Predictive Analytics Used to Help a Large Hospital Group Reduce Readmission Rates
For a large Hospital Group hoping to reduce readmission rates by 3% annually, predictive analytics is helping doctors pinpoint patients with high readmission risk. Hospital staff then administer additional medical care to these patients and thereby reduce readmission rates.
The Hospital Group generates an individualized prediction of a patient’s readmission rate at the time of diagnosis. Using the derived predictions from the analysis, the Hospital Group reaps the following annual savings:
• Reduces 6,000 occurrences of patient readmission.
• Avoids $4 million in potential Medicare penalties.
• Saves approximately $72 million in medical service costs.
• Utilizes resources more efficiently by providing extra care to high-risk patients.
• Improves hospital rating based on lower readmission rate and increased patient satisfaction.
Recent changes in federal legislation have made hospitals restructure the way they manage patients to save money and avoid government penalties. Section 3025 of the Affordable Care Act added section 1886(q) to the Social Security Act, which took effect October 1, 2012. It established the Hospital Readmissions Reduction Program, which requires the Centers for Medicare & Medicaid Services (CMS)—a federal agency whose mission is to ensure effective healthcare coverage and to promote quality care for Americans—to reduce payments to hospitals with excess readmissions.
Consequently, hospitals have been seeking ways to reduce readmission rates across the board. Doing so would not only reduce unnecessary costs, it would help hospitals avoid CMS-levied payment penalties.
The Hospital Readmissions Program Accuracy and Accountability Act1 requires CMS to account for patient socioeconomic status when calculating risk-adjusted readmission penalties. Holding all other factors constant, socioeconomic conditions—such as poverty, low literacy, limited English proficiency, minimal social support, poor living conditions, and limited community resources—likely have direct and significant impacts on avoidable hospital readmissions. Adjusting for these factors would improve accountability and quality of care.
Per capita healthcare costs in the US are the highest in the world and have trended upward for decades. Reducing the number of unnecessary readmissions by even a few percent could create huge savings.
A readmission is defined as a hospitalization that occurs approximately 30 days after a previous hospital stay. Readmissions are often the result of a patient’s initial problem not being resolved. They can also be caused by a patient’s mismanagement of the original condition, misunderstanding how to manage the condition, or lack of access to additional medical services or medications.2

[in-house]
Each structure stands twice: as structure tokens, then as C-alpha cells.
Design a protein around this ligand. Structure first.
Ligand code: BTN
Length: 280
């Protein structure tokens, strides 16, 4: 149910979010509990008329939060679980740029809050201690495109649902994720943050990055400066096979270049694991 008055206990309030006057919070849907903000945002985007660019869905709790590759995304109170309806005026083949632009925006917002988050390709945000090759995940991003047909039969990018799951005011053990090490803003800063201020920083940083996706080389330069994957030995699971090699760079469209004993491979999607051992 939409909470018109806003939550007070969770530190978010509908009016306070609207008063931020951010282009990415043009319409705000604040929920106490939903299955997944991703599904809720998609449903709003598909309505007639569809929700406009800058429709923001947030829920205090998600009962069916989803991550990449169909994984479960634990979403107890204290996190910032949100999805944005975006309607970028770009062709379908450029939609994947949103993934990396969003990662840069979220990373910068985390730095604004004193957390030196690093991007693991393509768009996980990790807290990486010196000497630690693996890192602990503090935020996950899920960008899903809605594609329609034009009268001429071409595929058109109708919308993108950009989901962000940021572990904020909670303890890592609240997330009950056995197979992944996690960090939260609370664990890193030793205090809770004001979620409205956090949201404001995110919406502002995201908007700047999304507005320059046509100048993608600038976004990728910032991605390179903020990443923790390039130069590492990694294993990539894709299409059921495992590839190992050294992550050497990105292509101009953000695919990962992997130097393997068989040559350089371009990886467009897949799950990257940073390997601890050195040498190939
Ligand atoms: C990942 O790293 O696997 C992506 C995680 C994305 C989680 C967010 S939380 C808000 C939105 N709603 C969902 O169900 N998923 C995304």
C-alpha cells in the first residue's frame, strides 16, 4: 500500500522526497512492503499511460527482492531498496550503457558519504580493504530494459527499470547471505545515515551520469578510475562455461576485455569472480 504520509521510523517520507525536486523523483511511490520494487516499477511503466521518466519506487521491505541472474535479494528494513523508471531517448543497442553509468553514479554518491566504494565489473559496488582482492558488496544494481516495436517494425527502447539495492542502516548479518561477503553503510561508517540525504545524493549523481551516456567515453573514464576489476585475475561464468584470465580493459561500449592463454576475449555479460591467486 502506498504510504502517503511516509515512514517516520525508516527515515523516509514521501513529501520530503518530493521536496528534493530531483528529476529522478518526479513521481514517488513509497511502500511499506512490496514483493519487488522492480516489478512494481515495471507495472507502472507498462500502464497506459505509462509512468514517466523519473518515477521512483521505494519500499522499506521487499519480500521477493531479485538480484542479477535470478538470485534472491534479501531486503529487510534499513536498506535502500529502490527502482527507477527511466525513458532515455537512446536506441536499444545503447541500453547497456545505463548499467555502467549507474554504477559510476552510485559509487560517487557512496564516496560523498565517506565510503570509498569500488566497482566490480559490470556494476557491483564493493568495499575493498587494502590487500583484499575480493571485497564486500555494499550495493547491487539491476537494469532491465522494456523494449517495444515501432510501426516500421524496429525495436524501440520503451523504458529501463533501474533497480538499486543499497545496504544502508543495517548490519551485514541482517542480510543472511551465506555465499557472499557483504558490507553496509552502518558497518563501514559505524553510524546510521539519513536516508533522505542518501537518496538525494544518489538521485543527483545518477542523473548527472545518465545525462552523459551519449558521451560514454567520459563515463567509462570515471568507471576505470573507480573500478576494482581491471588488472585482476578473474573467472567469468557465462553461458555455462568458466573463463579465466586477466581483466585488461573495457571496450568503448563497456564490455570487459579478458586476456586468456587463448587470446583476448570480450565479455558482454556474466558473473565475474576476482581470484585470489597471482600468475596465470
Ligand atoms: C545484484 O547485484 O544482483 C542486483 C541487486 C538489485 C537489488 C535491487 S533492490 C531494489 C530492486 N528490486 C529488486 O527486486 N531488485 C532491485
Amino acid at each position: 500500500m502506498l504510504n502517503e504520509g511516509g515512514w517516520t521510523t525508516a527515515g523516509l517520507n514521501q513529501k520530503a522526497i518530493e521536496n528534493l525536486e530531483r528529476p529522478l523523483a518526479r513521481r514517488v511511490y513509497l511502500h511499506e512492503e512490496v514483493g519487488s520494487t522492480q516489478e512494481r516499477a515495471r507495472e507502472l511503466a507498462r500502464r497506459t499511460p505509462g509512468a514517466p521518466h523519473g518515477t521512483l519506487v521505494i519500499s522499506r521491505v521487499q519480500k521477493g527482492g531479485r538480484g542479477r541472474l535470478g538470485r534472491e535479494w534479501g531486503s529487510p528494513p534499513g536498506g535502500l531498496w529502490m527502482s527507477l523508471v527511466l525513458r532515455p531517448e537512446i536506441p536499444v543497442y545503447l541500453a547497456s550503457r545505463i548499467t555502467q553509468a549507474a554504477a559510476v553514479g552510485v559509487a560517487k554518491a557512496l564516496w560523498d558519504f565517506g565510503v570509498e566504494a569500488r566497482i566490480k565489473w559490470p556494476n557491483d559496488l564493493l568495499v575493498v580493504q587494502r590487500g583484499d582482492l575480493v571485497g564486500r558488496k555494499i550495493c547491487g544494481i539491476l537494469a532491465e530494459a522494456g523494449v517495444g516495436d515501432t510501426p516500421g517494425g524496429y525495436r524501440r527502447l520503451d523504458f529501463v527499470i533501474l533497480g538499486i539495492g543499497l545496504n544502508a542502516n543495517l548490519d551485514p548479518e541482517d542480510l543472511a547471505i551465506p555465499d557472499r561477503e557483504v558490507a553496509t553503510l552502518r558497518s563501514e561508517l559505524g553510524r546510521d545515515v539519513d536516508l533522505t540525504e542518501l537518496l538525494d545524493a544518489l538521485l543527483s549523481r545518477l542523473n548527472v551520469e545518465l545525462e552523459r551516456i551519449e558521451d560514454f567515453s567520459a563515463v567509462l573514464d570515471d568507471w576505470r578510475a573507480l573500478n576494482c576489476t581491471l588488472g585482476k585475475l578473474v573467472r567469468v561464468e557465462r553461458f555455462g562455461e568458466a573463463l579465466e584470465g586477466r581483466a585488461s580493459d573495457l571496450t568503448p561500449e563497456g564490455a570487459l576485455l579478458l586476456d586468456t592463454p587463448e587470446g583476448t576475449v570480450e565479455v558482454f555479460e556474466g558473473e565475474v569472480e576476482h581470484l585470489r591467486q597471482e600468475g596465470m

According to a recent study, a patient’s socioeconomic conditions can have direct and significant impacts on avoidable extended hospital stays.3 Adjusting for these factors improves accountability and quality of care.
Socioeconomic data along with electronic medical records (EMR) provide a patient’s history and living standard for the model. This data is collected in an enterprise data hub (EDH). The EDH facilitates data loading, cleansing, and association or linking between different datasets, such as EMR and socioeconomic data, for every patient.
Using the “Random Forests” algorithm, Intel helped the Hospital Group build models based on this linked dataset. These models predict a readmission risk score during the admission process for each patient based on his/her EMR and socioeconomic data. The Hospital Group assigns each patient who is admitted a risk score, thus creating a high-risk bin, which consists of the top 5% of patients by risk score. With an accurate prediction, hospital administrators can suggest a special care plan for patients identified as high risk.
By focusing on patients in the high-risk bin, the Hospital Group can target patients with a higher likelihood of readmission for additional care during their first visit, and thus reduce the readmission rate of these patients. As a side benefit, this frees up resources they could use to help an additional 300 to 500% more patients.
The requirements necessary for the data storage solution include analysis of a patient’s readmission prediction, scope of the patient’s medical condition, accuracy of the prediction, growing population data, easy ingestion of diverse data, fault tolerance, low cost, and security of the data.
Working with Intel, the Hospital Group selected several data sources for the predictive model, including EMR from a relational model and additional socioeconomic data such as housing prices and availability of healthcare within the immediate area of each hospital.
By using predictive analytics with Cloudera, the Hospital Group takes advantage of more unconventional data sources to produce more accurate readmission predictions. Cloudera has the power to ingest unrelated, unstructured, and semi-structured data sources, which the Hospital Group uses to enrich existing medical data.
The readmission predictive models Intel helped create for the Hospital Group are very successful at identifying patients who are a high risk for readmission after an initial hospital stay. With these more accurate predictions, hospital administrators can now suggest special care plans for high-risk patients.
2. Silow-Carroll, Sharon; Edwards, Jennifer N.; and Lashbrook, Aimee; Health management associates. “Reducing Hospital Readmissions: Lessons from Top-Performing Hospitals” synthesis report. April 2011.